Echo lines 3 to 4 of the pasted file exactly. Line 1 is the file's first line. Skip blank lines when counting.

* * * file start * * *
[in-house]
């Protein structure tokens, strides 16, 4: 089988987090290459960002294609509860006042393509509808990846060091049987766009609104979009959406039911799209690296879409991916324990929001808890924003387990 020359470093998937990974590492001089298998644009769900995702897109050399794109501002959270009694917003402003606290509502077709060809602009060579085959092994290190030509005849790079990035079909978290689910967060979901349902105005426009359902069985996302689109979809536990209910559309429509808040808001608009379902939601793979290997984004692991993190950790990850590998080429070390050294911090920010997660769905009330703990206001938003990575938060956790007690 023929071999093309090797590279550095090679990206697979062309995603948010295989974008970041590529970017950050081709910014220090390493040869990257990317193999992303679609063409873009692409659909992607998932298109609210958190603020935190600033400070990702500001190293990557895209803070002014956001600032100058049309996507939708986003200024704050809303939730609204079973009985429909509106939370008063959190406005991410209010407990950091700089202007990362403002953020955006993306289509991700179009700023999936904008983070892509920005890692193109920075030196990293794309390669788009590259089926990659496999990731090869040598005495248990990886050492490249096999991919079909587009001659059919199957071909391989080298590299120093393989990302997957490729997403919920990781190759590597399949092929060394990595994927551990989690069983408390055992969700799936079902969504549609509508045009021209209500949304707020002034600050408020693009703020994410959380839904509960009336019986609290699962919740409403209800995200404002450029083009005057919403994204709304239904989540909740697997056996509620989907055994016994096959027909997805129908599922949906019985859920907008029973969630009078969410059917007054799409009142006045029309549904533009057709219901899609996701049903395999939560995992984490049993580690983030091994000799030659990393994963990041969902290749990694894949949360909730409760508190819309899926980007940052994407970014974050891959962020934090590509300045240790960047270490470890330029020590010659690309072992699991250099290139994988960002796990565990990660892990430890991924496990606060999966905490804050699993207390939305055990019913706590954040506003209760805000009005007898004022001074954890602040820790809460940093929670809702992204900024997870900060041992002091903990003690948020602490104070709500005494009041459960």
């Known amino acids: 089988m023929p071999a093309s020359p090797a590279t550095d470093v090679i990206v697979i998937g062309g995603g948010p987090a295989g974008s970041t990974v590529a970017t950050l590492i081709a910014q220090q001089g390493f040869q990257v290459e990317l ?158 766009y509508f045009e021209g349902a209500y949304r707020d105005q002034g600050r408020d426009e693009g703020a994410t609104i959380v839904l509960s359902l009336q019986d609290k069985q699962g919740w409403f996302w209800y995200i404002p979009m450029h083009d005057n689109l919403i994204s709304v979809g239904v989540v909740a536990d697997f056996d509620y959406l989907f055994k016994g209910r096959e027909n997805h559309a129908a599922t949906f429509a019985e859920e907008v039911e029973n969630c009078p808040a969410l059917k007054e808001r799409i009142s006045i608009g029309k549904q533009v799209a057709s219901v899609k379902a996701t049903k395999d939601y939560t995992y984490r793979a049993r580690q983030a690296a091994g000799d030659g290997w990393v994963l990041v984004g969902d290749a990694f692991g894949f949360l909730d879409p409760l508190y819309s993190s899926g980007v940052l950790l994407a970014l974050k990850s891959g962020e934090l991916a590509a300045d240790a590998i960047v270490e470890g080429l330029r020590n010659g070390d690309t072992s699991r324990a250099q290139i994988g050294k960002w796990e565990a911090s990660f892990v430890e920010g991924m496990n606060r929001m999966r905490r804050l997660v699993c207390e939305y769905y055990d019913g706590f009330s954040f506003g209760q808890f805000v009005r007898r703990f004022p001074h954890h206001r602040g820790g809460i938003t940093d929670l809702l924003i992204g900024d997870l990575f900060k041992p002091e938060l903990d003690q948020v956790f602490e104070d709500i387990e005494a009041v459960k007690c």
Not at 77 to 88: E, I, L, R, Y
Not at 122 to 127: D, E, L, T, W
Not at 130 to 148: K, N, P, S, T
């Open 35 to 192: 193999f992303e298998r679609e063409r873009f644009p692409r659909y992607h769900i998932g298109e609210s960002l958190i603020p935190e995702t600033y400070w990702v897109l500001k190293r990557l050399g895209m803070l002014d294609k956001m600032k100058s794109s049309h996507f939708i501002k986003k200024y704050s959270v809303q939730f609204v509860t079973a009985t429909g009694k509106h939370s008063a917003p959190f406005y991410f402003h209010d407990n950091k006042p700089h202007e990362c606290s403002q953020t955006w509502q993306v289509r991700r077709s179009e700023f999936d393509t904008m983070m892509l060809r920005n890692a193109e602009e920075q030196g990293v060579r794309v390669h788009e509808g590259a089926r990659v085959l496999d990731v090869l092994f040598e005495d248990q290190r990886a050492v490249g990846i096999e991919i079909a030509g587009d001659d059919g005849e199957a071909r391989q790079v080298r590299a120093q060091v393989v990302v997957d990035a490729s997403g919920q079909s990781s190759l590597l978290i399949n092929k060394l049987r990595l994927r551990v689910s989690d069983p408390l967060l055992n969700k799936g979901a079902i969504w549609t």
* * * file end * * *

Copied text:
């Known amino acids: 089988m023929p071999a093309s020359p090797a590279t550095d470093v090679i990206v697979i998937g062309g995603g948010p987090a295989g974008s970041t990974v590529a970017t950050l590492i081709a910014q220090q001089g390493f040869q990257v290459e990317l ?158 766009y509508f045009e021209g349902a209500y949304r707020d105005q002034g600050r408020d426009e693009g703020a994410t609104i959380v839904l509960s359902l009336q019986d609290k069985q699962g919740w409403f996302w209800y995200i404002p979009m450029h083009d005057n689109l919403i994204s709304v979809g239904v989540v909740a536990d697997f056996d509620y959406l989907f055994k016994g209910r096959e027909n997805h559309a129908a599922t949906f429509a019985e859920e907008v039911e029973n969630c009078p808040a969410l059917k007054e808001r799409i009142s006045i608009g029309k549904q533009v799209a057709s219901v899609k379902a996701t049903k395999d939601y939560t995992y984490r793979a049993r580690q983030a690296a091994g000799d030659g290997w990393v994963l990041v984004g969902d290749a990694f692991g894949f949360l909730d879409p409760l508190y819309s993190s899926g980007v940052l950790l994407a970014l974050k990850s891959g962020e934090l991916a590509a300045d240790a590998i960047v270490e470890g080429l330029r020590n010659g070390d690309t072992s699991r324990a250099q290139i994988g050294k960002w796990e565990a911090s990660f892990v430890e920010g991924m496990n606060r929001m999966r905490r804050l997660v699993c207390e939305y769905y055990d019913g706590f009330s954040f506003g209760q808890f805000v009005r007898r703990f004022p001074h954890h206001r602040g820790g809460i938003t940093d929670l809702l924003i992204g900024d997870l990575f900060k041992p002091e938060l903990d003690q948020v956790f602490e104070d709500i387990e005494a009041v459960k007690c």
Not at 77 to 88: E, I, L, R, Y